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[UPDATED] Someone Tried to Photoshop Sikh Games Critic Veerender Jubbal to Look Like a Paris Attacker, Major News Outlets Fell For It

Last Friday there were some fleeting moments in which the best of humanity shone through the tragedy of the attacks in Paris, Beirut, and Baghdad. Sikh temples opened up to Parisians displaced by violence, and discourse on Twitter and elsewhere lamented Westerners’ inability to care about terrorist attacks on people of color. For a period, the attacks brought out some of the most thoughtful, inclusive aspects of humanity, and of the online networks we’ve created. But they also brought out the worst.

On Saturday afternoon, an image that many Twitter users believed to be a picture of a Paris attacker wearing a suicide bomb vest began circulating. The image was even shared by Khilafah News, a pro-ISIS but unofficial channel on Telegram, the app over which ISIS took credit for Friday’s Paris attack. Still, many social media users were also rightfully critical of the image:

Buzzfeed points out that there are numerous aspects of the picture that should have made it clear the image wasn’t of a European-based member of a radical Islamist sect, including a possible dildo in the background, a Sikh turban, and North American electric plugs in the picture’s foreground.

Canadian games critic Veerender Jubbal revealed that the picture was a photoshopped one of him, and tweeted out the original:

Jubbal also implied that he believed the photoshop was the work of a Gamergate supporter.

Jubbal, the creator of #StopGamerGate2014, left Twitter for a time last February due to Gamergate harassment, including comparisons between him and ISIS:

Prior to his Twitter hiatus, Jubbal was also harassed by Gamergate supporters sending him pictures of the Twin Towers falling, and sent abusive messages about Sikhism.

Despite the obvious inauthenticity of the image, even large international outlets ran the photoshopped picture. On Sunday morning, Madrid-based newspaper La Razón ran the image on its front page with the caption “one of the terrorists.” Italian TV channel TG24 shared the image on its website and with its 1.98 million Twitter followers:

Jubbal wrote that the image appeared in numerous other outlets as well:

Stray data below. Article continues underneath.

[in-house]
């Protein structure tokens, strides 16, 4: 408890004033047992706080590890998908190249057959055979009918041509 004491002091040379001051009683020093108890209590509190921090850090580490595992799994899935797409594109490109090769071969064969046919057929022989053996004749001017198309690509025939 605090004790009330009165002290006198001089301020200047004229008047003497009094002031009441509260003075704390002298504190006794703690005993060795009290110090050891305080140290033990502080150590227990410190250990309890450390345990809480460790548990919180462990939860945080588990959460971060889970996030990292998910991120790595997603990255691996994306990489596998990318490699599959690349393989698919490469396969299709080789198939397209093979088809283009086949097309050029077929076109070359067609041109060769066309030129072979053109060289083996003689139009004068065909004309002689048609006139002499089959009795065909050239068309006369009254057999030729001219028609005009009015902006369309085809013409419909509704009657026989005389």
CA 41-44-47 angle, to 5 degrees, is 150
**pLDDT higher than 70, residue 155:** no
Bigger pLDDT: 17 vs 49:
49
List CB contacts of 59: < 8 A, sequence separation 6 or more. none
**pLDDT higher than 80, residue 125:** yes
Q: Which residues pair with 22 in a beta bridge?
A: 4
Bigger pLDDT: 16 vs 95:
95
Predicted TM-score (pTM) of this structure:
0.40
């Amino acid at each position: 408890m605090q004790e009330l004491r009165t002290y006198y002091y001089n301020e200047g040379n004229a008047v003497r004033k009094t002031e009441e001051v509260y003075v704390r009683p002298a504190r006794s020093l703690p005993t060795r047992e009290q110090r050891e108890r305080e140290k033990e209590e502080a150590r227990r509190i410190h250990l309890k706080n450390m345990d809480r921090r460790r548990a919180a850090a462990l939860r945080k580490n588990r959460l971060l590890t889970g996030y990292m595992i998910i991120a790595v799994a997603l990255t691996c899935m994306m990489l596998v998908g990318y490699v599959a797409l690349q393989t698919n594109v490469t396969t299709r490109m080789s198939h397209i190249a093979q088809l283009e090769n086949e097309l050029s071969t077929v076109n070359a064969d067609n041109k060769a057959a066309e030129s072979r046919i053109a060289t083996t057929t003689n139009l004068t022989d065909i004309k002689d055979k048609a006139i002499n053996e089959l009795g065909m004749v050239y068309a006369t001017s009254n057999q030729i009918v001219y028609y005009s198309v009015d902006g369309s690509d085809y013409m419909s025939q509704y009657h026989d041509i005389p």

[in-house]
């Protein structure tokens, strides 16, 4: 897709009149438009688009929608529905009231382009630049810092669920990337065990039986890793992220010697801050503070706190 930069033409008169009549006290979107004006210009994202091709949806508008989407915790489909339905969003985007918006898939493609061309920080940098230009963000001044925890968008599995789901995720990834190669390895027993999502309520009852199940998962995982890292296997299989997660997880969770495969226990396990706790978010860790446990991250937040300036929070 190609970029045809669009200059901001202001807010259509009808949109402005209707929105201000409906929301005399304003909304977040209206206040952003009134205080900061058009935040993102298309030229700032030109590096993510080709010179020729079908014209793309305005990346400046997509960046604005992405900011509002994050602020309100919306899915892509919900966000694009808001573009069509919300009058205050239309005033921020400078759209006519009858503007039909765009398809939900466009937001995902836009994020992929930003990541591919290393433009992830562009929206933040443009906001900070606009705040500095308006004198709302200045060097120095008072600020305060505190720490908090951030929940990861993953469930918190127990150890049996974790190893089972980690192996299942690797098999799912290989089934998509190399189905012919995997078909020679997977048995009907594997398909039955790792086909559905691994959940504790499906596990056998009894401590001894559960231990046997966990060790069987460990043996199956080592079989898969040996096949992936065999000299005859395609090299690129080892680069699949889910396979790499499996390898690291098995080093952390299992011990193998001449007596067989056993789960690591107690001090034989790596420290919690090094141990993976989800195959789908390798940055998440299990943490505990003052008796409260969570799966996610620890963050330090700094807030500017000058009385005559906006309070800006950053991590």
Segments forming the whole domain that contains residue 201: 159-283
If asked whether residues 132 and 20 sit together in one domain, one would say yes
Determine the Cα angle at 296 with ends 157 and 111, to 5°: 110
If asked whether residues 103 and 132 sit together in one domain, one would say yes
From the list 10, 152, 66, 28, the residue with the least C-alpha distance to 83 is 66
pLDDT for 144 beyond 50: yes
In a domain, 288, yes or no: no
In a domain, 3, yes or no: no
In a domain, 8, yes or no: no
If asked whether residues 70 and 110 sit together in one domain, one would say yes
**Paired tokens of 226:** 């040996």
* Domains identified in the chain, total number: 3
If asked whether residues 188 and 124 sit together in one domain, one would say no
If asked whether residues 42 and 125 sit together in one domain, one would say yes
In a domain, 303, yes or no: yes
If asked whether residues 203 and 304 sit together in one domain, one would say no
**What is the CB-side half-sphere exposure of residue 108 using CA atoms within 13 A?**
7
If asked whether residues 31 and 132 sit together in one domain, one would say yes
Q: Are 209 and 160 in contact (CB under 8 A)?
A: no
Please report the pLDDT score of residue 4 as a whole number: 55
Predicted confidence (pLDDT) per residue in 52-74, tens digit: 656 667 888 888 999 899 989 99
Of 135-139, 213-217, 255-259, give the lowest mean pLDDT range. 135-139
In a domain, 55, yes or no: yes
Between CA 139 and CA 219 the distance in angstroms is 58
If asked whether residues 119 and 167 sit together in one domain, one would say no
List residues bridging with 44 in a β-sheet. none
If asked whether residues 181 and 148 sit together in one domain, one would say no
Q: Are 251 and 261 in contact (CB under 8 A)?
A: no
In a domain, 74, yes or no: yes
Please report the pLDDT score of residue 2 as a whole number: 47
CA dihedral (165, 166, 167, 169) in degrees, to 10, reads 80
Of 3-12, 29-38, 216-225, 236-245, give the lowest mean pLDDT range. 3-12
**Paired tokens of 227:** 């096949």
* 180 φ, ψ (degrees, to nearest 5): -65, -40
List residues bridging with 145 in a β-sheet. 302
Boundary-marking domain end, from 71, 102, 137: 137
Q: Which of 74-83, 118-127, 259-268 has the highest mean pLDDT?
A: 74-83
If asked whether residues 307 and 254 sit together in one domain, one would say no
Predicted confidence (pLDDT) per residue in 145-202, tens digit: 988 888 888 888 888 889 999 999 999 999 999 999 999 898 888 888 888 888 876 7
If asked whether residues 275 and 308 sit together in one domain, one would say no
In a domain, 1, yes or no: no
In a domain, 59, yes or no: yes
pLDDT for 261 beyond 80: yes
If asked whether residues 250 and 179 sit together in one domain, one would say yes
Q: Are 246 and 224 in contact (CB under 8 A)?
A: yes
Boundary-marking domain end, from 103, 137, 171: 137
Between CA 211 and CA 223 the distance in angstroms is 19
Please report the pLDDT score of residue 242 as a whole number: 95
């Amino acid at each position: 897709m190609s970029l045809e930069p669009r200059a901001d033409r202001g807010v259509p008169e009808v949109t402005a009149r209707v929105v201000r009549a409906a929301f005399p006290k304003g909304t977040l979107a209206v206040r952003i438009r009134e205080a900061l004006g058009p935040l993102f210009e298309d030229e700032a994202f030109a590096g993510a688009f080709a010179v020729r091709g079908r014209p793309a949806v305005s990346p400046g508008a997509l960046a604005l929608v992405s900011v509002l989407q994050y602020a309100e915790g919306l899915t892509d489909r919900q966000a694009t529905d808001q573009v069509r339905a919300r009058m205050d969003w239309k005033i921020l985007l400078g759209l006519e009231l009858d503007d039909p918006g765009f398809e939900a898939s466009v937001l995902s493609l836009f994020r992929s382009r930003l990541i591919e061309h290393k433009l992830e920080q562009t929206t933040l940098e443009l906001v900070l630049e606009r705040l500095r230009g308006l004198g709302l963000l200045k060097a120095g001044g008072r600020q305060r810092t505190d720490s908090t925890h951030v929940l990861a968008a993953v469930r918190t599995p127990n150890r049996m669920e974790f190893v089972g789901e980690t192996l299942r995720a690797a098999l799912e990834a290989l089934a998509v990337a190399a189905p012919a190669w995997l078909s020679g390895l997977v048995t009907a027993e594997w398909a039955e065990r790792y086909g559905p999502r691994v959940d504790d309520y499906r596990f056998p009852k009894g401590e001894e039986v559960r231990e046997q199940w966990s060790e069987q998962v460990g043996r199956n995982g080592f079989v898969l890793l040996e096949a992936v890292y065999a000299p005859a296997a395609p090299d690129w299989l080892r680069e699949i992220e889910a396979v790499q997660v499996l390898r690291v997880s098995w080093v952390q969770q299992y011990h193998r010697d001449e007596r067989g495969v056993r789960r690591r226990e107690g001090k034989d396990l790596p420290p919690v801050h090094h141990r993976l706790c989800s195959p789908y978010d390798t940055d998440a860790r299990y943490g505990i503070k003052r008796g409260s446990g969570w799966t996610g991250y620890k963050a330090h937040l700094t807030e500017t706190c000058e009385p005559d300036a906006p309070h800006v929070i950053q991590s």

It’s not clear who was responsible for creating the photoshop, but journalists and social media members who spread the picture without incredulity are also to blame for their racism, Islamophobia, and ignorance of Sikhism. The photo reveals just as much about our lack of understanding about the people we other, and the dangers of implicitly trusting the media, as it might about the members of a specific hashtag.

Regardless, it’s worth pointing out that Jubbal’s harassment did mark a new low for some high-profile supporters of Gamergate, regardless of whether or not the image was originally created by a Gamergater. In a request for comment sent to Jubbal and published on Breitbart, Milo Yiannopoulos asked Jubbal if he “can appreciate the irony of your well-known opposition to a movement that advocates for better ethics and standards in journalism,” and what he would say now to “people who absurdly equate innocent Gamergate supporters with terrorists.”

Jubbal requests that journalists wanting to talk to him about the incident reach out to him over Twitter. We contacted him there earlier this morning and have yet to hear back, but will update this article if we do.

Update: Jubbal has now released a statement, you can read it here.

Update #2, 3:30 ET: Vice has identified the creator of the photoshopped image as a Gamergater who has since left Twitter. You can read details on the individual and more information about the image here.

(via The Guardian)

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